“Do not try to do anything for me. I want you to know the truth. These monsters are absolutely evil and racist. begged them that horrible night not to tear us apart, but they said they would harm you if I don’t promise to stay away. Nothing I said or did made any difference. And then they imprisoned me here, locking all the doors and windows. I can’t get out on my own. The place is crawling with them. I daren’t try anything because I know they will do something evil to you if I do. My life is not worth living if I let harm come to you. So I am like a fly trapped in a spider’s web.
“I am absolutely terrified to do anything in case these evil criminals do something to you. I feel angry, fit to burst. I apologise to you from the bottom of my heart for the evil action of these crooks who dare to call themselves my relatives. I hate them. I suffer unspeakable torment yet every bit is worth it to keep my beloved safe.”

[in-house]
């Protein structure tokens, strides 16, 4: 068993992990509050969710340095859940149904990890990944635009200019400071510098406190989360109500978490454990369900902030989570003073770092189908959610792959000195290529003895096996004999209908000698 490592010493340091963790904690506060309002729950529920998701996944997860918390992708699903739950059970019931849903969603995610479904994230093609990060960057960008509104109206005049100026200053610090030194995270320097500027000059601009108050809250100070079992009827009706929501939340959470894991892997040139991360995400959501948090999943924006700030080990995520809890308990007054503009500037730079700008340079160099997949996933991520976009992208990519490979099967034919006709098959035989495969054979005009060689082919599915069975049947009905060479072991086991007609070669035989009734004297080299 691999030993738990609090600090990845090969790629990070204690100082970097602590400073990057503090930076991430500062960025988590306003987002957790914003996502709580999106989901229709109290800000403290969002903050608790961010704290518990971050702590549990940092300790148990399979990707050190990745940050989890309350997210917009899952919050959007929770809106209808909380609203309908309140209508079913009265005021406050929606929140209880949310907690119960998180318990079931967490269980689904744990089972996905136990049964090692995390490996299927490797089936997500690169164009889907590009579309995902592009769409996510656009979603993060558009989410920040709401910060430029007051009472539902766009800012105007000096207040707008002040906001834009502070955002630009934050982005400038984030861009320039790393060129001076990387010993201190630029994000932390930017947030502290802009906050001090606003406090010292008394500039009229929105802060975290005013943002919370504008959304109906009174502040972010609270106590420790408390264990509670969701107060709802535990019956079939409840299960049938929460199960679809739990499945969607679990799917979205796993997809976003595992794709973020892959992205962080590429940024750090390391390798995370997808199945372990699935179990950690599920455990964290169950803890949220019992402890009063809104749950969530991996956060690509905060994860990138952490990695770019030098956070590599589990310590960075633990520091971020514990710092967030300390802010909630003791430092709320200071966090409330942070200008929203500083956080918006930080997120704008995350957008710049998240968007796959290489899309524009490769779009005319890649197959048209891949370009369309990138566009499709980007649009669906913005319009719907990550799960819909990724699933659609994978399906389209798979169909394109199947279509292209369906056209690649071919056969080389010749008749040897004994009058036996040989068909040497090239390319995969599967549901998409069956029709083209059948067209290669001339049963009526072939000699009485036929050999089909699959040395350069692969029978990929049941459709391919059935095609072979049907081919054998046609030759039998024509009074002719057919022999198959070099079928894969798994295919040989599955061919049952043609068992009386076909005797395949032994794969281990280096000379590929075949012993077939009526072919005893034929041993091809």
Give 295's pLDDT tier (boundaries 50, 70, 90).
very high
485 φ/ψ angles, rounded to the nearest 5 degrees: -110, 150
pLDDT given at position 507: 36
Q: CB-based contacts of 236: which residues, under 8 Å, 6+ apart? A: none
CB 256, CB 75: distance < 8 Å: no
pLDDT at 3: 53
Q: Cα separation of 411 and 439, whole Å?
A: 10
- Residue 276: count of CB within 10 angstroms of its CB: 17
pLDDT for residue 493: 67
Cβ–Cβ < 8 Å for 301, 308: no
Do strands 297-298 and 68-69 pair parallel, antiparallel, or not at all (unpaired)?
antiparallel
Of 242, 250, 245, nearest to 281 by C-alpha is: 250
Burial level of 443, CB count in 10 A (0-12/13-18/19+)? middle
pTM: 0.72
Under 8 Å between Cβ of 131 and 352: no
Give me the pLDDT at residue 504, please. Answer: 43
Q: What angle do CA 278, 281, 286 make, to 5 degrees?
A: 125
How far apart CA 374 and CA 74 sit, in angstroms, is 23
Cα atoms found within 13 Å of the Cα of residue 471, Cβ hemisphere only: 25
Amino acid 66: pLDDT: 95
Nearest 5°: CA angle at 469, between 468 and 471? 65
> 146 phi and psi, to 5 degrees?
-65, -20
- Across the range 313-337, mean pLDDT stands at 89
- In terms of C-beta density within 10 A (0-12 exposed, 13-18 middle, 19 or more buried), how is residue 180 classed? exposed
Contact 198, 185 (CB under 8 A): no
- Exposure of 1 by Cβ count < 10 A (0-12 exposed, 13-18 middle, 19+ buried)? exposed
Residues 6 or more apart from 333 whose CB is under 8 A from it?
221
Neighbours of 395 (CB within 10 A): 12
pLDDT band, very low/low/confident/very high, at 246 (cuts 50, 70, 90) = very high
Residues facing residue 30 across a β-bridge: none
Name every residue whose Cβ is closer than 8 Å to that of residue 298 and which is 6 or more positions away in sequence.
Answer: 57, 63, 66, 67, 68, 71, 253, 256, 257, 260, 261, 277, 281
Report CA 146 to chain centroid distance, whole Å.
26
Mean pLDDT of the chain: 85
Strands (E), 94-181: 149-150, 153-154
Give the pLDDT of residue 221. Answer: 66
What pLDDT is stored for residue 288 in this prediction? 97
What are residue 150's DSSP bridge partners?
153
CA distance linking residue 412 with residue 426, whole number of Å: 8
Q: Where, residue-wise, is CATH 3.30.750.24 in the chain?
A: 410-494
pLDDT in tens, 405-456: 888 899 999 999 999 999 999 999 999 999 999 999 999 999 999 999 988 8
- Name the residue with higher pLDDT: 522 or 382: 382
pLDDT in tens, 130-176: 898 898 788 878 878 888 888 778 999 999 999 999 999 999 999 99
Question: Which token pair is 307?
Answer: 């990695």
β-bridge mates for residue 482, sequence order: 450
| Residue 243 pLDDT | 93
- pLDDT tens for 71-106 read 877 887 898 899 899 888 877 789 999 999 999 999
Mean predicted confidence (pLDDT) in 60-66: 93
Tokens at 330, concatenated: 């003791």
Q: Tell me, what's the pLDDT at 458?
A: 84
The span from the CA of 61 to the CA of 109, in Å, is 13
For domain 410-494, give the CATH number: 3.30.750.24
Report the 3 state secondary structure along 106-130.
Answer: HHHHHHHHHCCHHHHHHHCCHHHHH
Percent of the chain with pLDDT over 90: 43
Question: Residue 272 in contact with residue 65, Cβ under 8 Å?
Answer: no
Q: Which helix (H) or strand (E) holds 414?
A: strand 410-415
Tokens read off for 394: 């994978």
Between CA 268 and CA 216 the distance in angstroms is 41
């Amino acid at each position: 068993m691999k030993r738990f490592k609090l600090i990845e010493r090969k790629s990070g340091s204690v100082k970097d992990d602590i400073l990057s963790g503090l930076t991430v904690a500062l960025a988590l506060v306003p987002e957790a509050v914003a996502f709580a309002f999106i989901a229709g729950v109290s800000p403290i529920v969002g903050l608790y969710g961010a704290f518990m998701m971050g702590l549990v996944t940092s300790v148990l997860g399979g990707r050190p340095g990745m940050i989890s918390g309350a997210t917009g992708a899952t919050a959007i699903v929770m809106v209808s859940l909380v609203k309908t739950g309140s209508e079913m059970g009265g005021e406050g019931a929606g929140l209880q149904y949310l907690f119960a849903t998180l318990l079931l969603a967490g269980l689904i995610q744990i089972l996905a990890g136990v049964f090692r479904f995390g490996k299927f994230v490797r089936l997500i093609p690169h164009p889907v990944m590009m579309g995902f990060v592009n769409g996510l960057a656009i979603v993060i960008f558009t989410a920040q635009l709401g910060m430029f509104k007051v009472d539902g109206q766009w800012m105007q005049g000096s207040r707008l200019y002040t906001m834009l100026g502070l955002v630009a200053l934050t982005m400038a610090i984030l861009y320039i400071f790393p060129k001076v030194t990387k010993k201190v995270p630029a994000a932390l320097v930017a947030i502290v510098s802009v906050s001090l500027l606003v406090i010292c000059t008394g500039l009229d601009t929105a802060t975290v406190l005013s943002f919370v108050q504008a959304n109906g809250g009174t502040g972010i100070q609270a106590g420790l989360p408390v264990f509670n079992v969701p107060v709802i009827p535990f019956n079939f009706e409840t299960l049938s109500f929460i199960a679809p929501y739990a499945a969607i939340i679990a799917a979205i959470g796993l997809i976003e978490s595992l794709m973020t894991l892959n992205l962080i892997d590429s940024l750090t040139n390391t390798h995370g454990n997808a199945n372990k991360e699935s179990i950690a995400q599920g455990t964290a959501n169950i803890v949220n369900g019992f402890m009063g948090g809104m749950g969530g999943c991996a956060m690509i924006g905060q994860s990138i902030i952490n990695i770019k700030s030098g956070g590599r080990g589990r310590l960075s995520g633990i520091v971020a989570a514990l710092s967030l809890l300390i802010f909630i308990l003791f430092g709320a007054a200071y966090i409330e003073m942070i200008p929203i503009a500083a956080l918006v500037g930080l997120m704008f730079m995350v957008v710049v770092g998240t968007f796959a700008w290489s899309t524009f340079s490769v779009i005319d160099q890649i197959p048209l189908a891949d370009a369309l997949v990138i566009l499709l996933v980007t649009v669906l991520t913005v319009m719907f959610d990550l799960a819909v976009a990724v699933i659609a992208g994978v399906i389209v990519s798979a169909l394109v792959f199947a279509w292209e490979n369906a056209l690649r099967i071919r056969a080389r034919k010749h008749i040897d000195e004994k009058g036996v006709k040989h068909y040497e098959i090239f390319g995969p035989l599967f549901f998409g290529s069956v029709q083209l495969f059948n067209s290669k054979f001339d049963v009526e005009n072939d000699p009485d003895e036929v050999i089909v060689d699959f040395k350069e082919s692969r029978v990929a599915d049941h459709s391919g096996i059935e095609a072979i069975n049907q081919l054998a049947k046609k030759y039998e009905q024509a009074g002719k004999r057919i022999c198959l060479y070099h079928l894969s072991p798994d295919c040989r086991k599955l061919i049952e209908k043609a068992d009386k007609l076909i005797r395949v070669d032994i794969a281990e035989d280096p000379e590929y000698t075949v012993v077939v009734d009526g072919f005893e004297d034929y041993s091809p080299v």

Photo: This is an undated photo of a poster warning “Colored People” in Boston, Mass., of sanctioned kidnappers and slave catchers which was dated April 24, 1851.
“She told me she didn’t know where she was originally from but she looks Eastern European, maybe Romanian. The only time I’d get to speak to her was downstairs by the back of her flat. They lived downstairs in the neighbouring block in a four-bedroom place. The other people in the flat I wouldn’t see as much. One of the women who lived there was sometimes in a wheelchair, although I don’t know what was wrong. Most of the time the man would walk with one of the older women and they would have shopping trollies, the type that the elderly use. Inside was stuffed with pizza leaflets which they would deliver through people’s doors. It’s shocking to think they were kept as slaves.”
Slaves. Really? Slaves?
Frank Field, chair of the Modern Slavery Bill evidence review, says: